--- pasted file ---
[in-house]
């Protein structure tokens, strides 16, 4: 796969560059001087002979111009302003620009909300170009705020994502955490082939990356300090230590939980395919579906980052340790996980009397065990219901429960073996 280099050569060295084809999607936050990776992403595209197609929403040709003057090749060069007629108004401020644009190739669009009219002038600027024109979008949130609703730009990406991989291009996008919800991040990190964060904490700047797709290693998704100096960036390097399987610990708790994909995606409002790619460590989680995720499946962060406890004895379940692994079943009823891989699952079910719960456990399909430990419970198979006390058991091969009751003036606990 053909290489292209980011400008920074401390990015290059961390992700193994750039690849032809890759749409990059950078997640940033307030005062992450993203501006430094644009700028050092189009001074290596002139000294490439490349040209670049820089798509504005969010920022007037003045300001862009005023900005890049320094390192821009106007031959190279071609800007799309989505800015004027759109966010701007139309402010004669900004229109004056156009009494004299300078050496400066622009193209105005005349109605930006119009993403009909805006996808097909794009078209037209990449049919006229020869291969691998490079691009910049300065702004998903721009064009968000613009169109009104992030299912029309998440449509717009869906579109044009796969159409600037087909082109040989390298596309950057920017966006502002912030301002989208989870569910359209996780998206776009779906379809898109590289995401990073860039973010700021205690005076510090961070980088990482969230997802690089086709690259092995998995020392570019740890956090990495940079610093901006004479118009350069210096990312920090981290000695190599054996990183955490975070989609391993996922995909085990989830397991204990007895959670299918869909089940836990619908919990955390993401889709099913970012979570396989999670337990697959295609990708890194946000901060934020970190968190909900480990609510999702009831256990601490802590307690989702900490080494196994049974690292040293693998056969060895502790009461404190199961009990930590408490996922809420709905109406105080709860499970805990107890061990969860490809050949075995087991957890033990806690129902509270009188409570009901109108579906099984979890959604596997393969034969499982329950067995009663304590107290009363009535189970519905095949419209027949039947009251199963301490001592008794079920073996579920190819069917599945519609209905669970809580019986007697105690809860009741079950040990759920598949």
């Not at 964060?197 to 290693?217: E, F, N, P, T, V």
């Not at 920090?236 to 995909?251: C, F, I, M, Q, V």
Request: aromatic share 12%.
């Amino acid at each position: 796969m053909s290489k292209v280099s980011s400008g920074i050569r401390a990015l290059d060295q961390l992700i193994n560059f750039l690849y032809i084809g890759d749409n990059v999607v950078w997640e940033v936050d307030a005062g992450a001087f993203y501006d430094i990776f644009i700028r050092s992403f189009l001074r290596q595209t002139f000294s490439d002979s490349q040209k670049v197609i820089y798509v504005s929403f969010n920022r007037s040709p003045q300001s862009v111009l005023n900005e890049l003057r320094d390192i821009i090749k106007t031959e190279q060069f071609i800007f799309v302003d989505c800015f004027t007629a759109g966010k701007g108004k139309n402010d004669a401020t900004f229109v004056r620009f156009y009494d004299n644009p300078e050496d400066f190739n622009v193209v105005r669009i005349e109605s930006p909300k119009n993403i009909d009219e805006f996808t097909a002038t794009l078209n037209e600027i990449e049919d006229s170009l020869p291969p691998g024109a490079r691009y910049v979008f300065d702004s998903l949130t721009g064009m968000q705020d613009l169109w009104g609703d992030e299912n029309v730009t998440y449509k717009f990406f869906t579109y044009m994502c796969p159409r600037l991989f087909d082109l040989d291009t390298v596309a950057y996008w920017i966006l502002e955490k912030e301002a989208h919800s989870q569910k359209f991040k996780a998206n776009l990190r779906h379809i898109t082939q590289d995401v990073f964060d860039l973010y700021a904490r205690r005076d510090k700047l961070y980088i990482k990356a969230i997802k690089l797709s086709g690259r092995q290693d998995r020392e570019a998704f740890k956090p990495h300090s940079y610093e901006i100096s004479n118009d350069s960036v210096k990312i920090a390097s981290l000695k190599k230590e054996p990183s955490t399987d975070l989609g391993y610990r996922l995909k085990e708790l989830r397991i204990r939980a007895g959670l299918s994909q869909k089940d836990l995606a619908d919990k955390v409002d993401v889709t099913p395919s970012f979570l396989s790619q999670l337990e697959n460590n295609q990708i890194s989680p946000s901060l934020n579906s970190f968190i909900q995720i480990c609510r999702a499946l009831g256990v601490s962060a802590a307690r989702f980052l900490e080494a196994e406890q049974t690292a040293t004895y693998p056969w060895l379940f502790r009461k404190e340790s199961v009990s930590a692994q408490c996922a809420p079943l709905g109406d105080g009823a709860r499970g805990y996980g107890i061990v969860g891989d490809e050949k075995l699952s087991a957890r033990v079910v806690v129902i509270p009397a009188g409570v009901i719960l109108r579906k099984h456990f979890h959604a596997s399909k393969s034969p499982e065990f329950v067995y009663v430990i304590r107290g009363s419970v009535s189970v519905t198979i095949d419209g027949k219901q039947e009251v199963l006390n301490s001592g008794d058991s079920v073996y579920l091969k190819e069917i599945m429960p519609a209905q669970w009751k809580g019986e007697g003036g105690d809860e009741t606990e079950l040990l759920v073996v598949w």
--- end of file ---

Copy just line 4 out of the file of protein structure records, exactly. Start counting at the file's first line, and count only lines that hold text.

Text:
């Not at 920090?236 to 995909?251: C, F, I, M, Q, V």